Snake Plissken, I mean Kurt Russell, made his grand entrance, and I was officially living in that world. I could feel the cold, sense the confusion and fear, taste the bourbon on the rocks that Macready dumped into the chess computer.

We all knew something was up with that dog. Why else would those crazy “Swedes” be trying to kill it?

But oh baby, we had no idea what we were in for.

Rob Bottin’s practical monster effects in The Thing were like nothing we’d ever seen before. Hideous creatures burst from horrendous monster hides, multiple deformed heads mewling and echoing unearthly sounds. Tentacles whipped around the room, blood and goo and organs spilled everywhere.

What the fuck?

That first scene in the dog kennel was the most bat crap crazy thing to ever assault our senses. (For pure gross out, the zombies tearing the bikers apart in Dawn of the Dead held the top spot for me) And it was just the start of more insanity to come. David and I were bouncing on our seats with each new revolting development.

Dad, who sat by the wall, was very quiet.

I didn’t realize it at the time, but he’d had a long night with his good friend Schaefer, a working’s man beer. I believe Jose Cuervo may have joined the party as well. You never drank alone with Jose by your side.

By the time we got to the scene where the doctor had his arms eaten by a chest cavity that opened up like a shark’s maw, my father made a mad dash for the exit. I barely noticed because twisted little me was too busy reveling in the spaced-out gore.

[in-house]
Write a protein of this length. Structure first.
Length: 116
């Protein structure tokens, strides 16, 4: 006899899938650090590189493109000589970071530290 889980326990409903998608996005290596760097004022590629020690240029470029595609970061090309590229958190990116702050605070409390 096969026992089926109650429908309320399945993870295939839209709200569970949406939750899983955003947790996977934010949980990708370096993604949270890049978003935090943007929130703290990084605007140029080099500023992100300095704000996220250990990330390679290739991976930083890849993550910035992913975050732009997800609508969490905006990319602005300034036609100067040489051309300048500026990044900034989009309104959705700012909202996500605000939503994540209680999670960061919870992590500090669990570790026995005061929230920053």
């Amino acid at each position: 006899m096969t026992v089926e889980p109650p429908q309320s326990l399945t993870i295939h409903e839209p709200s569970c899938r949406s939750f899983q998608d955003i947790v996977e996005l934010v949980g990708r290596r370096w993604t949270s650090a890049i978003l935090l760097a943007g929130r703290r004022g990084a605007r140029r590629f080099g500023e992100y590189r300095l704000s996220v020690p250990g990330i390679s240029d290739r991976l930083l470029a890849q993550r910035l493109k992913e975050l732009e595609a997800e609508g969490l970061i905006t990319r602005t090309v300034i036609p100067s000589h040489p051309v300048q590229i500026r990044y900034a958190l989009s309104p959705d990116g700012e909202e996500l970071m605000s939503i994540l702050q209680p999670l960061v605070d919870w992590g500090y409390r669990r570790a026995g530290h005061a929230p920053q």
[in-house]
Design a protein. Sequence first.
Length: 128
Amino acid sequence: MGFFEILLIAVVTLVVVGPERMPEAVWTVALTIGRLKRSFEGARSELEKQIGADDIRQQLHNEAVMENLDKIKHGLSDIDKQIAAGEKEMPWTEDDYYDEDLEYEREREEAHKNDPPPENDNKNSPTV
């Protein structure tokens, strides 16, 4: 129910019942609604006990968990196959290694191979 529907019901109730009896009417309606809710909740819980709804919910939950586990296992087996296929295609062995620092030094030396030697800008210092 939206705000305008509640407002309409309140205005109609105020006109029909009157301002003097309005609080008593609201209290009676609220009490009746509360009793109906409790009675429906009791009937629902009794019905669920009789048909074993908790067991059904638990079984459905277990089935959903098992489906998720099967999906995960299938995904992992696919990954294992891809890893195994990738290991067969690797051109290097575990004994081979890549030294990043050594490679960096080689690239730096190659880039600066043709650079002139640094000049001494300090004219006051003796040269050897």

He came back ten minutes later, smelling of cigarette smoke and something sour.

When it was over and the fate of the world was left hanging in the frigid air, David and I floated out of the theater. Dad looked like he’d seen something that couldn’t be unseen.

When my mother asked me how I liked the movie, I blathered on, talking about each character by name and describing in as much detail as possible how each one died. Dad trudged up to their bedroom.

I found out later that day that the movie had grossed him out so much, he’d lost his eggs and toast, and I’m sure several fermented cans of Schaefer and a shot or two of Cuervo.  

I couldn’t believe it. My father, who had been taking me to horror flicks since I could walk, had been bested by a movie. And I had survived it with nary a tummy rumble or a need to put my hands over my eyes.

The grasshopper had become the master.

It was like a changing of the guard. A coming of age. If I was Jewish, it would have been my Bar Mitzvah times ten.  

Dad grew up where the blood and gore was implied, something that happened off-screen. Better to let your mind fill in the rest. He didn’t even get to see King Kong squish the villagers or Frankenstein’s monster drown the girl. A movie like The Thing must have been like stumbling into another dimension.

And my The Thing, as I like to think of it, was nothing like his. The poor man had been utterly unprepared.

I will give him credit, though. When the movie came out on video, he rented it and watched it again. And admitted it was pretty damn good. Though the original would always be superior in his mind.

When he passed away a few years ago, I was alone in the house looking over his movie collection. Over on the VHS shelf was his own copy of The Thing. And sure enough, another copy was in the DVD section. It was proof that you can embrace the changing times.

Horror, like man, or the creature from The Thing, evolves.

Hunter Shea is the product of a misspent childhood watching scary movies, reading forbidden books and wishing Bigfoot would walk past his house. He doesn’t just write about the paranormal—he actively seeks out the things that scare the hell out of people and experiences them for himself. You can follow his madness at